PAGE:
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Patch Adams - Pearls of Wisdom

Have you seen it? I highly recommend it! There is a scene in the movie where the character, Arthur Mendelson, was trying to get “Patch” to look beyond the obvious to find the solution to a problem. Arthur held up four fingers and asked Patch how many he could see. Of course, he said "Four". If he only looked at the fingers themselves, he would always see only four. Yet if he looked beyond them, he would see eight. (Try it!)


Arthur Mendelson:


"You're focusing on the problem! If you focus on the problem, you can't see the solution! Never focus on the problem! See what no one else sees. See what everyone chooses not to see...out of fear, conformity or laziness. See the whole world anew each day! (Patch Adams, the movie)


When we over focus on the problem we often miss the solution. Have you noticed that often the solution to a problem comes to us in the middle of the night? Or we wake up the next morning knowing what to do?


When we take a step back and view a challenging situation as though we are watching a move, sometimes we see things a little clearer. Other aspects come into focus. By taking our eyes off the “symptom” or the “problem” it is then that we often find a solution. We must look beyond the surface to find what lies underneath.


See what others choose not to see out of fear. Fear of what? The truth, perhaps? If we see the truth in a situation it may require action on our part. It could be that we may have to acknowledge or accept an aspect of the problem that we truly have no power over to change. That can be painful when it involves others. When we can see painful or deadly outcomes to their choices and the responsible party does not.


Or perhaps it would mean recognizing something in our selves that may need to be addressed, such as a serious personality flaw. Sometimes seeing beyond a negative situation may mean recognizing the part we personally played in creating the situation.


Fear could also stop us from learning. Because once we learn and understand a given truth, once we “see” the benefits of the knowledge, we are then obligated to apply it to our lives. It may mean changing our lifestyle. Breaking away from the familiar, or what we have always known to be true. This can be disabling for some.


Change for many has a certain level of fear attached to it. Changing our life may mean giving up dangerous practices such as excessive alcohol use, drugs, or an immoral lifestyle. Or maybe it is just changing our way of thinking or the way we do things. We may lose so-called friends in the process because they may not agree with the changes we make. The old saying that ignorance is bliss can cost us our life. Sometimes a change can save our lives, although it may take all our inner strength to do so. However, we have to “see” it before we can do it.


See what others choose not to see out of conformity. It can be difficult to buck the tide so to speak. To go against the norm or an entrenched belief, takes conviction and courage. Some of the greatest minds have been non-conformist. Albert Einstein, Abraham Lincoln, and the real Hunter “Patch” Adams, just to name a few.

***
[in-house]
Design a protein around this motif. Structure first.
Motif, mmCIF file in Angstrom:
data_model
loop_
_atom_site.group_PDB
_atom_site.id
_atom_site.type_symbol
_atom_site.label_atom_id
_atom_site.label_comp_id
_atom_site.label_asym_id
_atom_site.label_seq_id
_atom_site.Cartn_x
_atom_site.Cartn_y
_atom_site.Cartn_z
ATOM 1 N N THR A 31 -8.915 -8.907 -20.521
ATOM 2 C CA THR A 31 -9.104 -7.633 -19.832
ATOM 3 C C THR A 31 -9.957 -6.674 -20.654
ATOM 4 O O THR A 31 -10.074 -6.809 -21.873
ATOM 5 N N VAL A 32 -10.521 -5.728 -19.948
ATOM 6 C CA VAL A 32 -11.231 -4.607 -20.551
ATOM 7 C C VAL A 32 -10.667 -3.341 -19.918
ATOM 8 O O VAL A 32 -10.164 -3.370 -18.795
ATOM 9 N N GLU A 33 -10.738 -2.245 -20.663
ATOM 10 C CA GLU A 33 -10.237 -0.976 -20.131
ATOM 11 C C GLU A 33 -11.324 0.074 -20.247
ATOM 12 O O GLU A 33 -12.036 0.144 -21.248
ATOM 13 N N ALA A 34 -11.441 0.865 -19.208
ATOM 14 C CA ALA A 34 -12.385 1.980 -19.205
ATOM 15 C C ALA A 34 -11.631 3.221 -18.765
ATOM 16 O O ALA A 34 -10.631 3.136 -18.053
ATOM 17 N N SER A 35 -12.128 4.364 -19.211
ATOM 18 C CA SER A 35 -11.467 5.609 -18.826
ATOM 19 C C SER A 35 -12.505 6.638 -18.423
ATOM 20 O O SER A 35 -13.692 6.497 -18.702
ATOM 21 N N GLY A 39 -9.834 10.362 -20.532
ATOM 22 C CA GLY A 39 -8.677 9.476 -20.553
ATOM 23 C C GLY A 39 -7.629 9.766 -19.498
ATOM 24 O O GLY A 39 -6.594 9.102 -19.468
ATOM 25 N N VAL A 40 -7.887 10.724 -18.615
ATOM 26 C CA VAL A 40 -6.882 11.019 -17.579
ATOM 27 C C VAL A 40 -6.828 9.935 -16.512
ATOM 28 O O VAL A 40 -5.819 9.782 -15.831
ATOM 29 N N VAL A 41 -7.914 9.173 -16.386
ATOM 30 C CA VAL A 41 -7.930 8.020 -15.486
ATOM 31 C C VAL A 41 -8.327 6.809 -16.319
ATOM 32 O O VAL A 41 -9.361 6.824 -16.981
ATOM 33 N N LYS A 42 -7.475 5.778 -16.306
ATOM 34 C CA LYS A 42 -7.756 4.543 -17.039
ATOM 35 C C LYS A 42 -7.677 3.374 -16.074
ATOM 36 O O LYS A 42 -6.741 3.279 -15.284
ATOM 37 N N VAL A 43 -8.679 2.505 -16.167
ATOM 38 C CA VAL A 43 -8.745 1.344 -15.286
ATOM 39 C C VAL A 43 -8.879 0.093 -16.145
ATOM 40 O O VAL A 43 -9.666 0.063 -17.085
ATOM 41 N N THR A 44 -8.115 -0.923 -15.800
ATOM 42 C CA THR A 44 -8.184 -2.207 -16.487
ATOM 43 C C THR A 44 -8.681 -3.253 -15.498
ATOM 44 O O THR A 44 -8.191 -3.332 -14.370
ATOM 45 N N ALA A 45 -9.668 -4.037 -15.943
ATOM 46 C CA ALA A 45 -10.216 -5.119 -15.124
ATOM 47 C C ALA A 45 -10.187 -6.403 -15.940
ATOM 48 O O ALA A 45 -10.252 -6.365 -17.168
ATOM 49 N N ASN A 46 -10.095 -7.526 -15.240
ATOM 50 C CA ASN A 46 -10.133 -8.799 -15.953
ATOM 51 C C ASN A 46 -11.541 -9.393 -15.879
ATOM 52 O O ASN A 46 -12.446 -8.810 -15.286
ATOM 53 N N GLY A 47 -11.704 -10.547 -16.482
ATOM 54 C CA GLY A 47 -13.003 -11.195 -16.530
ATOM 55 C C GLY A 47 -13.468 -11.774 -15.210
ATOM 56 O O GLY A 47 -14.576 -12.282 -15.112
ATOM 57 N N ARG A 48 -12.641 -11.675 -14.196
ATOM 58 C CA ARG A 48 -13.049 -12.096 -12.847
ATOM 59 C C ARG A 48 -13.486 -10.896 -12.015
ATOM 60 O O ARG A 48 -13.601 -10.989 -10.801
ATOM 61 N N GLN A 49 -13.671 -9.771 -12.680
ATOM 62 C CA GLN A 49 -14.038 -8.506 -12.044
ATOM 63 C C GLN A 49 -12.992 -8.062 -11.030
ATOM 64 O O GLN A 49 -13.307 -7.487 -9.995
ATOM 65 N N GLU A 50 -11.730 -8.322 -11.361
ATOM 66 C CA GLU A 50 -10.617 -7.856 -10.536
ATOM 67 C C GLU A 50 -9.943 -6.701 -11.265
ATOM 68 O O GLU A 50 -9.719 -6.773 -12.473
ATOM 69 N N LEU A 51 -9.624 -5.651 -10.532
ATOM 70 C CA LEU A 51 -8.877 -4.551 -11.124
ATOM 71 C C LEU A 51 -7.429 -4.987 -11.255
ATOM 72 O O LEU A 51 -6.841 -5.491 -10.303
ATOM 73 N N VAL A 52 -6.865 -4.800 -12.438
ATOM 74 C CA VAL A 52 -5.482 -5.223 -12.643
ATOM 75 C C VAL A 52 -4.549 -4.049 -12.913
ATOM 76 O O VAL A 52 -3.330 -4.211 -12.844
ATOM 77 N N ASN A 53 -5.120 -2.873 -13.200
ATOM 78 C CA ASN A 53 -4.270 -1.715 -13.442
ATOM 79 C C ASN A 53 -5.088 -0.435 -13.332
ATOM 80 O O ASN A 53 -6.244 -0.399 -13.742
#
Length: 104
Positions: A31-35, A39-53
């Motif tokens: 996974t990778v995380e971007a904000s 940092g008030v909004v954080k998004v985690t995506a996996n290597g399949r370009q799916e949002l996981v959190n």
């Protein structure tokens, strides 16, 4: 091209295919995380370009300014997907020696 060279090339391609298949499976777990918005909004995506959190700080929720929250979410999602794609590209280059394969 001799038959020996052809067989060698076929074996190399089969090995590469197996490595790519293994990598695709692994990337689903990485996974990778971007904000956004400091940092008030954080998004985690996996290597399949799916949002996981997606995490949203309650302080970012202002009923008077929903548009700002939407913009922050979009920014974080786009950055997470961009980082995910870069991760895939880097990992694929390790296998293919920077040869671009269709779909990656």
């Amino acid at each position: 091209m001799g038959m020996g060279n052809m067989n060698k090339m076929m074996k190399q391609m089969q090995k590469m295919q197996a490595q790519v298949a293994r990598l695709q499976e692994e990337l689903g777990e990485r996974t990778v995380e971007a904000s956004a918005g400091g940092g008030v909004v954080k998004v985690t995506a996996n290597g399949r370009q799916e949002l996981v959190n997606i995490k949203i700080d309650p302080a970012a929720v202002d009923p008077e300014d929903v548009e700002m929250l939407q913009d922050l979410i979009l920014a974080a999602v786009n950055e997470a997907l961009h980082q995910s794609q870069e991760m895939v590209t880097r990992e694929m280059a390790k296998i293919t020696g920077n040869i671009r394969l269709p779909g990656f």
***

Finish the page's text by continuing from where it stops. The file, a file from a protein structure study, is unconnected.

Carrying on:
Aristotle, a famous Greek philosopher and scientist of the fourth century B.C.E., taught that the earth could never hang in empty space. Instead, he taught that the heavenly bodies were each fixed to the surface of solid, transparent spheres. Aristotle was considered the foremost thinker of his day. However, Sixteenth-century philosopher Giordano Bruno dared to challenge Aristotle’s concept. He wrote that it was “a ridiculous notion which children might conceive.” But disagreeing with Aristotle was a dangerous game in those days—Bruno was burned alive for spreading his unorthodox ideas about the universe. We now know that these early ideas of Bruno were accurate. He saw what others chose not to see out of conformity or fear.


See what others choose not to see out of laziness. See the whole world anew each day. To learn something new takes time and effort. Getting to know someone on a deeper level or taking time to help others also takes time and effort. Don’t allow laziness to prevent you from the joys that come from new knowledge, developing a talent, making a new friend, or the effort it takes to keep an old one.


Sometimes it can take great effort to see the world anew each day. When so much heartache goes on around us, or if we deal with clinical depression, it may take all our strength to see the world in a more positive light. It is so much easier to give in to the negative, but it is far more rewarding to see the positive in ourselves, in others and in the world around us.


We don’t have to be hailed as great men to “see what others choose not to see”. We can apply that principle in our daily lives. As we deal with family, friends, workmates, classmates or strangers, put forth the effort to look beyond the surface. Beyond their clothing, their actions, their exterior emotions, to see that underneath it all, there may lay a person with great depth, or in great pain from life’s experiences, or someone who may need direction in life and would respond to a simple act of kindness.


Therefore, dig beneath the surface. Understand the complex. See what others choose not to see. Master your fears. Extend your comfort level. Widen out in your love for others. Energize your motivation. Act on a positive feeling. Act on new truths. See the world anew each day.

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